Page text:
Survival In Families With Addiction.
When a family member struggles with addiction, everyone in the family feels it. Living with a substance abuser is intense, scary, painful, and chaotic. To minimize chaos balance is sought within the family system through a mode of dynamics and survival.
Family dynamics are the patterns of relating, or interactions, between family members. Each family is unique, although there are some common patterns. The most common of these patterns are roles defined to keep the peace and allow the family to survive the insanity being played out in their home.
The family typically adapts to the chemically dependent person by giving in to their demands and meeting all their needs. This behavior is also known as survival, co-dependent, or enabling. The payoff from giving in is reduced stress in the home, allowing the family to function as normal as possible under the circumstances.
Keeping the peace and surviving in families with addiction means saying yes when no is the right answer. It means turning a blind eye and a deaf ear. It also means keeping the addicted person happy at the cost of everyone else in the family. You learn to bite your lip and shut down your emotions. Although it’s not said, it’s known – the most important person in the addict’s family IS the addict. This person is the only one who can get his/her needs met within the family system.
The cost of being the family’s peacekeeper is not free, however. Over time, living life on high alert plays havoc with every aspect of your body and negatively affects all your relationships. Most experiencing these changes are unaware of their decline. Neither the person abusing substance nor their family notices the changes occurring within themselves because they are ‘other’ focused. The addicted person focuses on getting their next fix. Where can I get drugs? Where can I get money? Where can I hide my drugs? And the family member focuses on the addict. Are they okay? Are they high? Did they eat? Where are they? What will they do next?
Other focused individuals lack self-awareness. Substance abusers are unaware they’ve become addicted until they experience withdrawal symptoms. Family members are unaware they’ve become dependent until their physical/psychological/emotional body breaks down.
Putting up with or making excuses for the addicted person is not an act of love. If anything, it is just the opposite. Enabling a substance abuser is aiding in their demise.
Addiction is a complicated illness. There is nothing simple about it. People do not all struggle the same. Some have substance use disorder only. Others have chronic mental health issues and substance use disorder. You also have to look at the environment,trauma-related issues, mood disorders, personality disorders, how long the person was using, and what they’re using. There are many contributing factors to this puzzle.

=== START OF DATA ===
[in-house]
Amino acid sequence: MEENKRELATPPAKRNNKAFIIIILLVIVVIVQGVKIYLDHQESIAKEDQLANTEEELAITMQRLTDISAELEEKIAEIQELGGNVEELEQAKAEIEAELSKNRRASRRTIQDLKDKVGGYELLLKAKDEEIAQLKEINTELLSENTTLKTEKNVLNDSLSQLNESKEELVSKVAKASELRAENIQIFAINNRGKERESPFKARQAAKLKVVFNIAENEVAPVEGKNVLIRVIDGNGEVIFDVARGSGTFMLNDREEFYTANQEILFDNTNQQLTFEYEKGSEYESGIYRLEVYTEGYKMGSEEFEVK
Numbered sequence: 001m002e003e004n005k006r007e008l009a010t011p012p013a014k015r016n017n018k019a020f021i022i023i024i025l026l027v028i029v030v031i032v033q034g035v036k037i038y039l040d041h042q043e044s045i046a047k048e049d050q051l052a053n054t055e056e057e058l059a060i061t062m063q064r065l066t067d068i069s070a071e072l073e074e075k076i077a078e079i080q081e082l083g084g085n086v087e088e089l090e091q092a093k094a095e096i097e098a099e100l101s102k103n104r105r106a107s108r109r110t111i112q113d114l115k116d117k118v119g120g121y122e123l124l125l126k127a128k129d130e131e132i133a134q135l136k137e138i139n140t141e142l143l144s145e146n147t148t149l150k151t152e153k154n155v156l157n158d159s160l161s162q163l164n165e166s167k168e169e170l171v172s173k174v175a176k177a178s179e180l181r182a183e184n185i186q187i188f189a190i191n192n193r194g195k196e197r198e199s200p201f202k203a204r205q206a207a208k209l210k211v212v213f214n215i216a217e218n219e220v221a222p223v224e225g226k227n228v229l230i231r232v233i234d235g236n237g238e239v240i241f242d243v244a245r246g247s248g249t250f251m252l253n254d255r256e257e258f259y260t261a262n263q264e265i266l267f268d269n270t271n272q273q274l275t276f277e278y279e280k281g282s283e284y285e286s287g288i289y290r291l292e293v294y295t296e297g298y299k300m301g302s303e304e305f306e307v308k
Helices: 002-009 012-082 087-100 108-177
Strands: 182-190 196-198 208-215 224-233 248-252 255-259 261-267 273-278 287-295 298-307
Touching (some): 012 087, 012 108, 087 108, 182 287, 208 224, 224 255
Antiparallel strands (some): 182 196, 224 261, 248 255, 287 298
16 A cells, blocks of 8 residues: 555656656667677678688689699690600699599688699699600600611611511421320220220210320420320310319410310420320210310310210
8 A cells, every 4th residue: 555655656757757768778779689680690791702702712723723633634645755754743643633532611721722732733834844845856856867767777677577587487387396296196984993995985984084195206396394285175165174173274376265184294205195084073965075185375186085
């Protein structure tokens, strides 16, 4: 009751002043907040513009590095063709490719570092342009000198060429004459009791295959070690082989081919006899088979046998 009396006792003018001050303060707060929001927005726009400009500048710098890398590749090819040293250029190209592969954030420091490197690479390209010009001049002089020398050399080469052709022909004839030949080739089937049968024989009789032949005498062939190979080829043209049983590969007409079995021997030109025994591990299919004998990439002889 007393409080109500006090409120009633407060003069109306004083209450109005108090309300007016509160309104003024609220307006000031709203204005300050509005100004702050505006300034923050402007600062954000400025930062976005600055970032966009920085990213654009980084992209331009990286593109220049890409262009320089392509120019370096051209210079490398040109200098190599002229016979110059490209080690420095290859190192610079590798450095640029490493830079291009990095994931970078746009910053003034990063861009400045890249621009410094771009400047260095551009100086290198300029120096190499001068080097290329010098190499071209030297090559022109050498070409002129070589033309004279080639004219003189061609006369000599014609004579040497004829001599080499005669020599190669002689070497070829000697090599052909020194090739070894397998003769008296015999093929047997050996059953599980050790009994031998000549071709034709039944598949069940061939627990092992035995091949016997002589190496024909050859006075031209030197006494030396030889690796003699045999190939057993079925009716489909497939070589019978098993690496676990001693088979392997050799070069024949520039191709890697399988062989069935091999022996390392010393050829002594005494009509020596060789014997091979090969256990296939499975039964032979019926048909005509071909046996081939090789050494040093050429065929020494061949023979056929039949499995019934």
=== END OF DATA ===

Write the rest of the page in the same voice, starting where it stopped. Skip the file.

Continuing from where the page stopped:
Substance use disorder radically changes brain chemistry. Behavior is greatly affected. Imagine you were drowning and you needed air. What would you do to get it? Addiction is found in the fight/flight area of the brain. The part of the brain responsible for survival. This part of the brain says get drugs or die. It’s instinctual, not conscious. Addicted persons can also be narcissistic or struggle with an inferiority complex.
Enabling is a physical response to an emotionally painful experience. Family members navigating the murky waters of addiction alone, are in fact drowning. Addiction is too big and powerful for any one person or family to deal with on their own. Survival is meant to keep you temporarily safe, but you were never meant to build a lifestyle around it. You may continue to stay in survival mode until you are 80, but if you’re already feeling dead inside you’re not really living.
To recover from addiction either directly or indirectly you must speak your truth, be your truth, and live your truth. As Oscar Wilde so beautifully says, “To live is the rarest thing in the world. Most people exist, that is all.”
But all is not glum. There is great news! 23 million people across North America are happy, healthy, and living amazing lives in recovery. Change is possible. With a little help, you can live a life that makes you smile, not cry. If you’re tired of being sick and tired step outside your comfort zone and reach out for help. A beautiful life is waiting for you!